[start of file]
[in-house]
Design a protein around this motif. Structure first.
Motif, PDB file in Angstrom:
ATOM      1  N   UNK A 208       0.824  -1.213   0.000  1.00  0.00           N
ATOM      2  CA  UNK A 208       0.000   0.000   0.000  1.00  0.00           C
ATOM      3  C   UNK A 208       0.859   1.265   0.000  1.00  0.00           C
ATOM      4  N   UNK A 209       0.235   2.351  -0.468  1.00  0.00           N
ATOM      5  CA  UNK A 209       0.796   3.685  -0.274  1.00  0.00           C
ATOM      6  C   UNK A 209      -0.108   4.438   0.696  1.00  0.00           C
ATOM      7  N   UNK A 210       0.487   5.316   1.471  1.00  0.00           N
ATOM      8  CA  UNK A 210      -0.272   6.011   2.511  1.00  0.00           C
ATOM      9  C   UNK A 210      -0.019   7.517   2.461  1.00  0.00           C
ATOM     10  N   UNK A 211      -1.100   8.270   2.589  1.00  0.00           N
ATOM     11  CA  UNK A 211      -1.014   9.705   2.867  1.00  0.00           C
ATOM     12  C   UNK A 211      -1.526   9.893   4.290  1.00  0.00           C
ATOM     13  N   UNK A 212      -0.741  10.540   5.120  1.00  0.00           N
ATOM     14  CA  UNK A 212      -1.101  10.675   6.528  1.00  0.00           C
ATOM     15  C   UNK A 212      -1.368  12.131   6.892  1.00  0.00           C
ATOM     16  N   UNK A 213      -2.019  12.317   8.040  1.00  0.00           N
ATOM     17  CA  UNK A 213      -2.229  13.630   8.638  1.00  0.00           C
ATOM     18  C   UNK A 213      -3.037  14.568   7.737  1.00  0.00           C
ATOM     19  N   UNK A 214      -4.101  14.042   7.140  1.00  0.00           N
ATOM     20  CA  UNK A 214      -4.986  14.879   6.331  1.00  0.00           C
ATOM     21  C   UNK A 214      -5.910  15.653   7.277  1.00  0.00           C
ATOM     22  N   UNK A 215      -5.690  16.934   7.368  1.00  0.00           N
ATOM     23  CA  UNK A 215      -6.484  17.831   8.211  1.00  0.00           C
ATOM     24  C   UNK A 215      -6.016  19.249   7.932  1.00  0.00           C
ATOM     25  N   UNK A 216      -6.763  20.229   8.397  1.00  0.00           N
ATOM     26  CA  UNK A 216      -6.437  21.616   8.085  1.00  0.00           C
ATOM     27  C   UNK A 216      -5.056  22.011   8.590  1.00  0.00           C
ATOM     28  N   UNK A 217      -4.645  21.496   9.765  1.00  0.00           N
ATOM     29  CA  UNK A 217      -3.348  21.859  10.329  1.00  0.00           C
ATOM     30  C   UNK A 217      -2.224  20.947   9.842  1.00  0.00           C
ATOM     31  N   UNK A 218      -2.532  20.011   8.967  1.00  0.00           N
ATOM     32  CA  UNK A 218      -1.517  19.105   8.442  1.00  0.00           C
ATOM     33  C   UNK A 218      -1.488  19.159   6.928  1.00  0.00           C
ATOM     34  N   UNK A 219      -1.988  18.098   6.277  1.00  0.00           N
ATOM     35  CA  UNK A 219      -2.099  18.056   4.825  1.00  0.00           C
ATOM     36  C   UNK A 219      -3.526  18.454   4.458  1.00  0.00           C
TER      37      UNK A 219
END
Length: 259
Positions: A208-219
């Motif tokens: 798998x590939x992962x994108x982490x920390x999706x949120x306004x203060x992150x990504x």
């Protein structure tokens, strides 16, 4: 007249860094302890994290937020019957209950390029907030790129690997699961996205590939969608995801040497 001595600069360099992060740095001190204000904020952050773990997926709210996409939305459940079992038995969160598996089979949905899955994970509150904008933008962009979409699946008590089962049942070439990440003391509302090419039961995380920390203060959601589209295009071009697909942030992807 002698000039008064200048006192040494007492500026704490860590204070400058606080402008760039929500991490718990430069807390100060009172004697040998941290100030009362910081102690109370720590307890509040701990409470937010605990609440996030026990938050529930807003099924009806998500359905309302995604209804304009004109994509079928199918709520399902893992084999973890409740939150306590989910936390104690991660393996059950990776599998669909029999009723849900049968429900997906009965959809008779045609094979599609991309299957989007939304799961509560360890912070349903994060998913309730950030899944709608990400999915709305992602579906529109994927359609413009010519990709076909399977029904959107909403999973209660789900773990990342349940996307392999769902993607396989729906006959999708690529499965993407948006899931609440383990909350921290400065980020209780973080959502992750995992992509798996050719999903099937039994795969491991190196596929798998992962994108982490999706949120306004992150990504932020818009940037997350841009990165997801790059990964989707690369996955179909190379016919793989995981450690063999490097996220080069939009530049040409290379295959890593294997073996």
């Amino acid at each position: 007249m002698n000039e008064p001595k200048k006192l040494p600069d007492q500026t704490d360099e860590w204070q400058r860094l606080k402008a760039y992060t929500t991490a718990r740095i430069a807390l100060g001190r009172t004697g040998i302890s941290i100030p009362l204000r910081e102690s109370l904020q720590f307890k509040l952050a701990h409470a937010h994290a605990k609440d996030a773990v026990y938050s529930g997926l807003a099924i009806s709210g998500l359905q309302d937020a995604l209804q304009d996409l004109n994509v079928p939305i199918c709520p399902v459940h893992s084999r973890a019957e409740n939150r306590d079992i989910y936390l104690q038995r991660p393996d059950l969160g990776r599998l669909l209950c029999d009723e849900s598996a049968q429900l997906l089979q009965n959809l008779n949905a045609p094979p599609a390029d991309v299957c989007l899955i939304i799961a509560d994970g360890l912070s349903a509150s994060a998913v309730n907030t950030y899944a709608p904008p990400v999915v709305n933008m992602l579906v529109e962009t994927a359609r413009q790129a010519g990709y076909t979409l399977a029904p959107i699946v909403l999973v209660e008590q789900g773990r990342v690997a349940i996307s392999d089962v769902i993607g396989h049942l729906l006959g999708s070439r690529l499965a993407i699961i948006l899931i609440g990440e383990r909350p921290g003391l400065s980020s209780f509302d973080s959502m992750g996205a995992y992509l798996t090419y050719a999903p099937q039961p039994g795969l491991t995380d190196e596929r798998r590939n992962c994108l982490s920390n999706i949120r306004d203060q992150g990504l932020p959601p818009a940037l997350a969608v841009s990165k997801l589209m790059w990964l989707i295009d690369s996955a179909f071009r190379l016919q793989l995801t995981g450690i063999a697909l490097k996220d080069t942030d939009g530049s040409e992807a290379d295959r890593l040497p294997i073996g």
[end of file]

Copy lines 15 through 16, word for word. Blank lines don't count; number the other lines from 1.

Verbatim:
ATOM     12  C   UNK A 211      -1.526   9.893   4.290  1.00  0.00           C
ATOM     13  N   UNK A 212      -0.741  10.540   5.120  1.00  0.00           N